What’s more, elephants were found to be dying from inadequate care. They were not provided with veterinary care for their numerous injuries and more than a few were “going missing” under mysterious circumstances

The investigation was carried out by a team with representatives from PETA India and from Animal Rahat, an NGO that seeks to improve the lives of working animals in India. The team found ample evidence of cruelty and abuse suffered by the animals, in apparent violation of India’s 1960 Prevention of Cruelty to Animals Act (PCA) and the 1972 Performing Animals Rules and the Wildlife Protection Act.

Even more, the AWBI has ruled that injured and aged animals cannot be used at circus performances. Should these rules be broken, violators will be served with legal notices.

“The findings from our investigations reveal that cruelty to animals is inherent in the circus business, a conclusion that has already led many countries to ban the use of all animals in circuses,” said Dr. Manilal Valliyate, director of veterinary affairs at PETA India.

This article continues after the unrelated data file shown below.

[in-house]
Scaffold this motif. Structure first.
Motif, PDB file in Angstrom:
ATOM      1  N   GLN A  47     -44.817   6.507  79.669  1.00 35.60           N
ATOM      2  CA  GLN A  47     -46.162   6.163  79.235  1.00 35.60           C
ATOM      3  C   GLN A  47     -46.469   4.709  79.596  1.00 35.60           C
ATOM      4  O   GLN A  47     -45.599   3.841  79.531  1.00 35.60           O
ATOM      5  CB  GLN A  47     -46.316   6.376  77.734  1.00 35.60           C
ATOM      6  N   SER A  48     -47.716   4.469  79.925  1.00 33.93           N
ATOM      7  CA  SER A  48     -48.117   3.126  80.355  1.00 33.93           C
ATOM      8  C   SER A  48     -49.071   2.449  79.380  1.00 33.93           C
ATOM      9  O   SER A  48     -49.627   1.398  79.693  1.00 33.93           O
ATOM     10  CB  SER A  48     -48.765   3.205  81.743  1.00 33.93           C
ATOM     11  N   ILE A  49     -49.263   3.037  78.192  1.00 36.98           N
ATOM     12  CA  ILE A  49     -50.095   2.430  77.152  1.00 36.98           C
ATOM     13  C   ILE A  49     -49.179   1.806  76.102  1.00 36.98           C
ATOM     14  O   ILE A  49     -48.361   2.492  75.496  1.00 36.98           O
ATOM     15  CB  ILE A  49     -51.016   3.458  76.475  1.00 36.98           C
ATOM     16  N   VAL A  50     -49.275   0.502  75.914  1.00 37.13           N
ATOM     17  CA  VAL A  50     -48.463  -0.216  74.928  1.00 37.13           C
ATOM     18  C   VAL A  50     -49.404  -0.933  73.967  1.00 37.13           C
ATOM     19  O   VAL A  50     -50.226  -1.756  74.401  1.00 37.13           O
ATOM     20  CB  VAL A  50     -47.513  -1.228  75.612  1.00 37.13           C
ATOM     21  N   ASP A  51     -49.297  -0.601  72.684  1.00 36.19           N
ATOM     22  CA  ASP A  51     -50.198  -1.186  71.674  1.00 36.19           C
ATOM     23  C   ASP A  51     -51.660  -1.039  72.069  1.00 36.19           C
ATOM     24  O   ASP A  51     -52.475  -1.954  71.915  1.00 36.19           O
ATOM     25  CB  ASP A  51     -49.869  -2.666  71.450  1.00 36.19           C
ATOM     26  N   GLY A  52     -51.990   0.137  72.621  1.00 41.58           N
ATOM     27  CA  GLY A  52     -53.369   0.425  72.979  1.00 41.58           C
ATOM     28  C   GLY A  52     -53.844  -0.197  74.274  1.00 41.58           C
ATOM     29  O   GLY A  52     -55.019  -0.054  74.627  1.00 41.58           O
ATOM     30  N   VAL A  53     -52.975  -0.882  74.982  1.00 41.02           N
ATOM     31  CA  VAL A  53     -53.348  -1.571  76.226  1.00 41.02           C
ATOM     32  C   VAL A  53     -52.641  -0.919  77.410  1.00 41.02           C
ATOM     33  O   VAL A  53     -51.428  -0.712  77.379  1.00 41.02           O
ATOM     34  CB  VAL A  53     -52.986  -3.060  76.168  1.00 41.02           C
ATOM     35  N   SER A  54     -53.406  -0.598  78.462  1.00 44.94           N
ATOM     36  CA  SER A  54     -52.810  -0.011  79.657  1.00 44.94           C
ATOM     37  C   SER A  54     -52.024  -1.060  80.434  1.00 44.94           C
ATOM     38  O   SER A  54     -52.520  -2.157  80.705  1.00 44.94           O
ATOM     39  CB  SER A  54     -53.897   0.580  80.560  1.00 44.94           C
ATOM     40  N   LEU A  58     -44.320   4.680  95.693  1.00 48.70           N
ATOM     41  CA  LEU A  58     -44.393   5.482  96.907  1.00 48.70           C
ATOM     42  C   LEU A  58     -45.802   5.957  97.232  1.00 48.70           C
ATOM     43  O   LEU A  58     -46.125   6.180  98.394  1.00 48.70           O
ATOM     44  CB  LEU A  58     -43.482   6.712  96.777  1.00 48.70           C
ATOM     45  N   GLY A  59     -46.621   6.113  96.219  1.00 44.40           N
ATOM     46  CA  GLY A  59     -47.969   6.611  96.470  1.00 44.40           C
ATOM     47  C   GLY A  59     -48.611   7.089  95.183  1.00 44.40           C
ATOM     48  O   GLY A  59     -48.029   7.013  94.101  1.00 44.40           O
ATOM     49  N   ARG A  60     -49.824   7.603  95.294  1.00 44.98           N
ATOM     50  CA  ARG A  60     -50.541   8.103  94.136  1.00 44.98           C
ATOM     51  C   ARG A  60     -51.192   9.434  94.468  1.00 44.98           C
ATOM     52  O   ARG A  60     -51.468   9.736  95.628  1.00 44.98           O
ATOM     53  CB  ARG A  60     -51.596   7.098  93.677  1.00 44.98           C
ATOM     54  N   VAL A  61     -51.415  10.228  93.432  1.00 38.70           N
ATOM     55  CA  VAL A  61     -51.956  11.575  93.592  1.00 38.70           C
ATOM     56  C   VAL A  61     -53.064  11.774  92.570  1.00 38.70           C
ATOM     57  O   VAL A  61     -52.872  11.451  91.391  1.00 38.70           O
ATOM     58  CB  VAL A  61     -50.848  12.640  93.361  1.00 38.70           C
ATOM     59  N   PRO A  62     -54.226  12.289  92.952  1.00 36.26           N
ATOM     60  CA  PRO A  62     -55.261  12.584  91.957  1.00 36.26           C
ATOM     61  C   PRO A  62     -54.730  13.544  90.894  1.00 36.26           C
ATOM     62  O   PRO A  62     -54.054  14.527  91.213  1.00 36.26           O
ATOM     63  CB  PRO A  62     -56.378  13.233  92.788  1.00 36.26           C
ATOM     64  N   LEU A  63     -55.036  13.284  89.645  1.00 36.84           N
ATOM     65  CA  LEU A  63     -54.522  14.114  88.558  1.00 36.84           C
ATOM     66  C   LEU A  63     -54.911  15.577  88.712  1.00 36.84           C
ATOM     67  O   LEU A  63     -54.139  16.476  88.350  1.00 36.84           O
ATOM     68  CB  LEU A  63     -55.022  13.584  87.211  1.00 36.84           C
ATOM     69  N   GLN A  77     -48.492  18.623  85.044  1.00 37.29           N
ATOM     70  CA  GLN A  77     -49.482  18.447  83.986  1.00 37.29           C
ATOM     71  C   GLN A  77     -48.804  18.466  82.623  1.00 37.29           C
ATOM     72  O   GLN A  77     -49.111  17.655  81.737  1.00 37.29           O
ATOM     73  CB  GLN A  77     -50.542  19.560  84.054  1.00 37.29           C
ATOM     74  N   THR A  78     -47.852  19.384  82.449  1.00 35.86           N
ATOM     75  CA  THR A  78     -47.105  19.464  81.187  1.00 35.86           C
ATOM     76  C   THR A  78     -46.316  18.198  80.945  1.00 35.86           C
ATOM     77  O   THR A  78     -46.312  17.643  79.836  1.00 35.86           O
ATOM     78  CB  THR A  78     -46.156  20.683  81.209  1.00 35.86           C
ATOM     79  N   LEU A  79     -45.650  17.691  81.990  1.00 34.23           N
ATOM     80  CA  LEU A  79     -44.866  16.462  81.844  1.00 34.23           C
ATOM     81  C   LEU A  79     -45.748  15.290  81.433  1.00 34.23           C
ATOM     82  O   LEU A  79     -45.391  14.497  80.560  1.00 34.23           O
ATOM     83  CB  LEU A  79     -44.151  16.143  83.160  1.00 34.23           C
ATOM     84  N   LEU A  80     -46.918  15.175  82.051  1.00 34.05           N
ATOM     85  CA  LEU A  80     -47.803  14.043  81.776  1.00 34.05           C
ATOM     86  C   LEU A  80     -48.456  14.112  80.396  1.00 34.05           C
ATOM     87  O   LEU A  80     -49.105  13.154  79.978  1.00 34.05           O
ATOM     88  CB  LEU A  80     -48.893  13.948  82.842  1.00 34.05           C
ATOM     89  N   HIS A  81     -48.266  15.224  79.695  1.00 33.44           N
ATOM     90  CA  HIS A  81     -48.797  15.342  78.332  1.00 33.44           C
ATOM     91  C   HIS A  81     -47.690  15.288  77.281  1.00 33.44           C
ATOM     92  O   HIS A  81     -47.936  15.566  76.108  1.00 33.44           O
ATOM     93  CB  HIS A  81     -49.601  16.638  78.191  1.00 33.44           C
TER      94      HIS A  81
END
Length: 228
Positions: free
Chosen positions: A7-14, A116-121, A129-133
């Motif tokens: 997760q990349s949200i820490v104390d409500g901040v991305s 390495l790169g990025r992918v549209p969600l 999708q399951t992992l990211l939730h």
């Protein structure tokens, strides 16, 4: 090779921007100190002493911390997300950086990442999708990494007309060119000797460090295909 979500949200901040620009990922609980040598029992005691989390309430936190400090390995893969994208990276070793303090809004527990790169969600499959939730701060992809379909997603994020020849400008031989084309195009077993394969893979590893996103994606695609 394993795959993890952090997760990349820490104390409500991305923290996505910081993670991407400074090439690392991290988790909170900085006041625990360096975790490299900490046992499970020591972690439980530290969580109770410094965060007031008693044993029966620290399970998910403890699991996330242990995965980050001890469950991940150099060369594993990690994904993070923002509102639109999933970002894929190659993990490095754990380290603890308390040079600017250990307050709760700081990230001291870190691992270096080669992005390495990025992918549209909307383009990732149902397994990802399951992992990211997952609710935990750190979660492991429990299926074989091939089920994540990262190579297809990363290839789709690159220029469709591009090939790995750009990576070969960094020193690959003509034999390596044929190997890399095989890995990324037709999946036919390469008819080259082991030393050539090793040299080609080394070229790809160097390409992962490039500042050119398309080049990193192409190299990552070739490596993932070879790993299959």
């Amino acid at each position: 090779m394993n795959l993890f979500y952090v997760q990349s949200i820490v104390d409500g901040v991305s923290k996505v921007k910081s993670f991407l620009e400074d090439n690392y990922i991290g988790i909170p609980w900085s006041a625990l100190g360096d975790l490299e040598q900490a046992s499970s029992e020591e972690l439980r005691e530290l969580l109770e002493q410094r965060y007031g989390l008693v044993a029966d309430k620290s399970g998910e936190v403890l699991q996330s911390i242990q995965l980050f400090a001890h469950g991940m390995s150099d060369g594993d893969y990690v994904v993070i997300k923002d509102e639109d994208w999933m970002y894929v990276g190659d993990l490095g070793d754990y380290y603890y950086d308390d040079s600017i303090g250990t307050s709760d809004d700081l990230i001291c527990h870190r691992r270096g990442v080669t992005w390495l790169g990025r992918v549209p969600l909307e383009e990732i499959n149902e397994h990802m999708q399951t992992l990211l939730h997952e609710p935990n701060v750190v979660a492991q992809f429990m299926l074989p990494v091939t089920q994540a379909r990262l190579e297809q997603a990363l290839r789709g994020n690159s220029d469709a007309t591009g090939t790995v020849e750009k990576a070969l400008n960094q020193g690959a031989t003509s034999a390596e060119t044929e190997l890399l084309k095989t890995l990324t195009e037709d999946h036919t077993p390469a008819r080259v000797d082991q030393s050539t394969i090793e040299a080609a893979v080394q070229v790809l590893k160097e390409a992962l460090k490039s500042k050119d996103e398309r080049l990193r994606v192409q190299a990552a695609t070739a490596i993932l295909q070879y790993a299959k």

Bollywood star John Abraham and other celebrities have provided vital support for the campaign. As Abraham wrote in a letter to the Indian government, “unlike human performers, animals are forced to entertain through the use of fear, pain or hunger”; he urged officials to make the compassionate choice.

PETA India’s findings will be forwarded to the country’s Central Zoo Authority for further action. PETA India and Animal Rahat are now seeking to have a complete ban on all animals in circuses because, as PETA points out, “only willing human performers belong in the entertainment industry.”

India has taken a significant step in protecting elephants from lives of abuse and suffering while working against their will in circuses. It is not alone in taking such measures. Austria, Bolivia, Bosnia and Herzegovina, Cyprus and Greece already have laws against using animals in circuses. In England and Wales, a ban on the use of all wild animals in circuses is to occur in 2015, “sparing elephants, camels, zebras, raccoons and reindeer a life of misery, imprisonment, beatings and distressing performances.”